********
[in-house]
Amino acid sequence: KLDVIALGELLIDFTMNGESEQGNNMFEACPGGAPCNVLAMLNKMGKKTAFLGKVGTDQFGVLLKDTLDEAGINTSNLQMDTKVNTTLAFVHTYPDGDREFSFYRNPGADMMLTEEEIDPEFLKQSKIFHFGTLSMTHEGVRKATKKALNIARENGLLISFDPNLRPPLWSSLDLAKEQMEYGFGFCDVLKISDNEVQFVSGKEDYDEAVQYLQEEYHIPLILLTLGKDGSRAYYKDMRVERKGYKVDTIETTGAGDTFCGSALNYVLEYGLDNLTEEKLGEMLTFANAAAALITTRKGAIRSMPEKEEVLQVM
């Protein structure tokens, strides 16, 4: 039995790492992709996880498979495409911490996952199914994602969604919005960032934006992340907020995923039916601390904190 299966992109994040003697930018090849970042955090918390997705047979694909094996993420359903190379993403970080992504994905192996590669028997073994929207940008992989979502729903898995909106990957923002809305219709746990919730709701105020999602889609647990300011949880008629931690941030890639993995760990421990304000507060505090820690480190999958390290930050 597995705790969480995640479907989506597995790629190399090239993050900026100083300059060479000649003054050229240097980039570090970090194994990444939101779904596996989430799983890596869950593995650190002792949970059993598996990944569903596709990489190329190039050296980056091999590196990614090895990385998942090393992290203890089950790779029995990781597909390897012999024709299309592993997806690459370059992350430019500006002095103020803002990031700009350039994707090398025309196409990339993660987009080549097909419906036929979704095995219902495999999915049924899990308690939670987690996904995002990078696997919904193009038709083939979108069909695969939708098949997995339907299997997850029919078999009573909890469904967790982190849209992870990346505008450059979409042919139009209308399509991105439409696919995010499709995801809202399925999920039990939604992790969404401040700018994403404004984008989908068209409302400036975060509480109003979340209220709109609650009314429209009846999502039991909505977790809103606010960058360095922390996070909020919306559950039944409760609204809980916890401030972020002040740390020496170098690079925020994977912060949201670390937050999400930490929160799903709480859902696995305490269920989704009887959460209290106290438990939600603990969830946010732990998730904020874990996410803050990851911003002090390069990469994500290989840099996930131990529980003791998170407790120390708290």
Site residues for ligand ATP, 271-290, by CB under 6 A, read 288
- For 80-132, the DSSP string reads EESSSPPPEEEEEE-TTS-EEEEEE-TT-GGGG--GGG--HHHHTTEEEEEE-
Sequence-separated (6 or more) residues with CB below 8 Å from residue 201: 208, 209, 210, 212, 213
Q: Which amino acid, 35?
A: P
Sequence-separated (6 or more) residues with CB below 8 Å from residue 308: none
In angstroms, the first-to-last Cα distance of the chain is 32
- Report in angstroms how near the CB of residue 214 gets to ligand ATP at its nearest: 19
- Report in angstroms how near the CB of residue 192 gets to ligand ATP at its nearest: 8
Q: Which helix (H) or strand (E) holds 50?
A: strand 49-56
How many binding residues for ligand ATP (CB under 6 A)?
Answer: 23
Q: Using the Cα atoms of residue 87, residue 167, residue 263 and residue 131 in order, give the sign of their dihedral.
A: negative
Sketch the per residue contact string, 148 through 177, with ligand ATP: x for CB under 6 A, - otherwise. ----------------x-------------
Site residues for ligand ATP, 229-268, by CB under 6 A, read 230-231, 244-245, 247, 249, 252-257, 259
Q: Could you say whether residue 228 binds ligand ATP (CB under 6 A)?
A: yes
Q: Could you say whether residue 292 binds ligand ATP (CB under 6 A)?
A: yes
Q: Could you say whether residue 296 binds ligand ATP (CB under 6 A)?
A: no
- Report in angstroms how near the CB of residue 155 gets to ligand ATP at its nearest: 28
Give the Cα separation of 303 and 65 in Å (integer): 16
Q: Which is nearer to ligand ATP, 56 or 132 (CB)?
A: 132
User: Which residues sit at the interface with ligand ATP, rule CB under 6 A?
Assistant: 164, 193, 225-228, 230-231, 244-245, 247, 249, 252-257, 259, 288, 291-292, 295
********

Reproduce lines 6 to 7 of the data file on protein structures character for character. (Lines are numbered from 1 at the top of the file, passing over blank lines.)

Sequence-separated (6 or more) residues with CB below 8 Å from residue 201: 208, 209, 210, 212, 213
Q: Which amino acid, 35?